They dropped again

And John D’s


Or the ones that came from Standard

Became the standard

With names like BP

Which stands for “butt picker”

My wife used to say

When she would play

With our daughter

And call her one

Just for fun

Still a stock to keep eyes on

Despite Deepwater Horizon

And the kill of marine life

And the pain and strife

Caused for folks

On the coast

Who saw things die

With their own eyes

Almost like a disease

And like Exxon Valdez

But things happen

When man moves ahead

But instead

Of saying

We shouldn’t develop

And grow and innovate

Leave ourselves prostrate

We should say

Let’s be thoughtful

As we do

Because move forward we must

That’s the way it is

They were here first

But we are here, too

So the right thing to do

Is coexist

Not raise a fist

And say

No way

No how

Because there is a way

Especially now

As intelligent as we are

We can make cars

That don’t use gas

And smell like

Behind parts

The science

Can drive compliance

If we choose

And decide whose

Side we are on

It should be the side of everyone

And everything

Mother Earth

Every creature

Every being

Including those who live but don’t care about money

And those who do

Like me and you

Who need it

To live

Including the critters

Who’ve seen us litter

And do other stuff

And survive

Even thrive

But some didn’t make it

They couldn’t take it

Let’s call it a mistake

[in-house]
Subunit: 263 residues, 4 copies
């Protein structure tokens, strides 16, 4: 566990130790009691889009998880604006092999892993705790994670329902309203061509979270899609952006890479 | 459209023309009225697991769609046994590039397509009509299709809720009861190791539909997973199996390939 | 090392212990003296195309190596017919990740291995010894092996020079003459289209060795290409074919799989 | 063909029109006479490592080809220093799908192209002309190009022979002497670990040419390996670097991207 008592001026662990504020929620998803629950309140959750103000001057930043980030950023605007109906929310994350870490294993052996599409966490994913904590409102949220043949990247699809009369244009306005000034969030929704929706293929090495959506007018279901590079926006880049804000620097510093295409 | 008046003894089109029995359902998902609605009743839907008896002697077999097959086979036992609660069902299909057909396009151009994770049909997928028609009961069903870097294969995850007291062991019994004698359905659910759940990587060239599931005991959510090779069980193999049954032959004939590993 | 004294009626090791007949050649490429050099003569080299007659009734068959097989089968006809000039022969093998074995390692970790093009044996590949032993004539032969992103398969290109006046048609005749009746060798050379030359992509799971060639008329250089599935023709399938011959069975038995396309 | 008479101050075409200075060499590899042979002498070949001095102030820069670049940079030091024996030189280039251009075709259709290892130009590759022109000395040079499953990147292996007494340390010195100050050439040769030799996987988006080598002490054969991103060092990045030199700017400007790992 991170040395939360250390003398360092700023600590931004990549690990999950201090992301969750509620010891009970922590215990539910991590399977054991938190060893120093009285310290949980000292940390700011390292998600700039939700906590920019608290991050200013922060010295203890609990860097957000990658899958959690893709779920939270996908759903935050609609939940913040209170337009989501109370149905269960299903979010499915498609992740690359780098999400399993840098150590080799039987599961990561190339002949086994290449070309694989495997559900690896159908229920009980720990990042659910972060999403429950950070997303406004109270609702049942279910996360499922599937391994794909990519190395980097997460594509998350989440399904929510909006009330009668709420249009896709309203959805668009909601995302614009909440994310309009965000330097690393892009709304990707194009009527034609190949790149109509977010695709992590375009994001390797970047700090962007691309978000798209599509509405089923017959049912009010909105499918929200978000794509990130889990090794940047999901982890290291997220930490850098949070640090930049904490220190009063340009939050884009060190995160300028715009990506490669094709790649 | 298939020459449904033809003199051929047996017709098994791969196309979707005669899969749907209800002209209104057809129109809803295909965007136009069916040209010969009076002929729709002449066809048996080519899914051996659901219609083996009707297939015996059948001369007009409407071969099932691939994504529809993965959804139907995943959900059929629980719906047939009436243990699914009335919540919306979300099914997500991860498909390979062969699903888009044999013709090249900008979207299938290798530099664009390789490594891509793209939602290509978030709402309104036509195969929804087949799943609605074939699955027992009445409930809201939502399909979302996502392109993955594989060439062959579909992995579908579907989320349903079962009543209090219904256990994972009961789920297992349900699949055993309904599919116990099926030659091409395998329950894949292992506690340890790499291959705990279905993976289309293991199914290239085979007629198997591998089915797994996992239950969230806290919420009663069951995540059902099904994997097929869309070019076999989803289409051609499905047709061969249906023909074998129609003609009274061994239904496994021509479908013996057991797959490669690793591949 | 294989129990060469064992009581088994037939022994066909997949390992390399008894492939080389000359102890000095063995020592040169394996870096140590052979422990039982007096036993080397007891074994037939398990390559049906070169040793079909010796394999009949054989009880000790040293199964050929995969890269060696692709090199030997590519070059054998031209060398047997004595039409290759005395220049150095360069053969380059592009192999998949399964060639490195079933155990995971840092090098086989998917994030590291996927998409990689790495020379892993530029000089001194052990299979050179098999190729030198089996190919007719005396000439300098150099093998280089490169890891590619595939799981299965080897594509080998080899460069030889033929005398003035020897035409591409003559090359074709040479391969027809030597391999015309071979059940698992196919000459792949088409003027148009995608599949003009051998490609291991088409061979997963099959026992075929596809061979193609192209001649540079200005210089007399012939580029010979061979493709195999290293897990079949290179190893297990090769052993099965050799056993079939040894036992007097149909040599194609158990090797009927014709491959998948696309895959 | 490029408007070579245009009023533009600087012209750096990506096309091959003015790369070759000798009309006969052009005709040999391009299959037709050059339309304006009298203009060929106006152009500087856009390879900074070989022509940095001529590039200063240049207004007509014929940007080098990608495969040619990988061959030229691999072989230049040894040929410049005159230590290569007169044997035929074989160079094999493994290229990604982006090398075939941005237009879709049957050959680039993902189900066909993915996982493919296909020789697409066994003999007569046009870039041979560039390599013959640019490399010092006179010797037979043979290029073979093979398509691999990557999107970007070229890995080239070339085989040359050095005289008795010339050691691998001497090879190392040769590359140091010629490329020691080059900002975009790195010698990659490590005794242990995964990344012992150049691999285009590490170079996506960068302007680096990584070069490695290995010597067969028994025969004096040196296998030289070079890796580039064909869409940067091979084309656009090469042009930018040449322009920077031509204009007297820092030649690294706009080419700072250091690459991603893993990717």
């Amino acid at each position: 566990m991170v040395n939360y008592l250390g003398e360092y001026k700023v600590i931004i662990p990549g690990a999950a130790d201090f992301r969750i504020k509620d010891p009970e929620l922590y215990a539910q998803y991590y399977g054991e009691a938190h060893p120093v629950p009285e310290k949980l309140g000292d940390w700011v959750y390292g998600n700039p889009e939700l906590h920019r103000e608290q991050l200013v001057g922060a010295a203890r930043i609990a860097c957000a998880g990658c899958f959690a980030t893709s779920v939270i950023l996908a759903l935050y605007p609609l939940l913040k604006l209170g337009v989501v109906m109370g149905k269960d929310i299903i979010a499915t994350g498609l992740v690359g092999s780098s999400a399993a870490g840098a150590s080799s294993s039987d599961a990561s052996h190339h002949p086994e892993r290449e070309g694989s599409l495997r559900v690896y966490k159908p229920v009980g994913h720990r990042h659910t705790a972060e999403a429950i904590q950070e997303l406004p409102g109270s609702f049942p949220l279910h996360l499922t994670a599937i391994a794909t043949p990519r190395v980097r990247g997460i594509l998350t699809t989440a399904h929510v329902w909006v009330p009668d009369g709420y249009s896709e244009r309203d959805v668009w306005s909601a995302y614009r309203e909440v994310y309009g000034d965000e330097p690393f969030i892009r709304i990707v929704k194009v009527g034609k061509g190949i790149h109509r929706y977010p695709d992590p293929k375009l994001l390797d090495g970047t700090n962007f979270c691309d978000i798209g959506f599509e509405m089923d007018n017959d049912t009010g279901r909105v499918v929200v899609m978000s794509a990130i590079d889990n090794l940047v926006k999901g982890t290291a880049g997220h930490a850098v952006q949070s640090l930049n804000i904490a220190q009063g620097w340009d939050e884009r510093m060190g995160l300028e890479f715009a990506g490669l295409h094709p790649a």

It’s one we made

Give ourselves a below-average grade

And do better next time

Let’s sublime

In the archaic sense

Raise our game

Add a different fame

To this strange period in history

Create a millennia-long mystery

Something that Yoda might ask

As he’s holding up a mask

I mean, if he was real:

Think of that I wonder how they did

In the era of that crazy Covid

How’d they excel

How’d they do so well

To expel

To get rid of that smell

That smell of gas

That’s coming from your


Or actually

It no longer is

Gee whiz

Ain’t that grand?

Grand it sure is

With us The Force is

Old Yoda could verbalize

And then roll his big eyes

And twitch his long ears

Intervened by too many have the years

Know we will not

How it is that they got

To this wonderful spot

Where we all thrive

Are alive

Because they considered us

Without even knowing us

One day

Way back when




greg cain (author) from Moscow, Idaho, USA on September 11, 2020:

Jason - indeed, it really is amazing. And yet it's also not all that surprising when you begin to understand how power is brokered in the world. One can and should hope that we will do better as days and years pass on. I wish it to be so for my kids and their kids...and their kids, too. Good weekend, my friend.

greg cain (author) from Moscow, Idaho, USA on September 11, 2020:

Ann - well, that's now on my reading list. I've not heard of it. Last time I read Bradbury, I believe, it was Fahrenheit 41. I am now interested in this Dandelion Wine book.

And, yes, ain't it so? There's something it does to the brain, the psyche, the way you look at and feel about life.

Good weekend, Miss Ann!

Jason Nicolosi from AZ on September 11, 2020:

Cool poem Greg. I really enjoyed it. It is truly amazing we are still burning fossil fuels. They are harmful to our planet and its inhabitants. It's greed that has prevented us from moving forward from these types of harmful fuels. There are better technologies. We just need to move towards them and away from the gas-guzzling beast.

greg cain (author) from Moscow, Idaho, USA on September 11, 2020:

Thanks, Liz. Definitely wish more of us would get "the message," too. Be well and have a good weekend.

Ann Carr from SW England on September 11, 2020:

Your thing about the tennis shoes reminds me of 'Dandelion Wine' by Ray Bradbury, a charming story about growing up, and a similar thing was related.

We all have this idea that fresh and new means it looks and works better!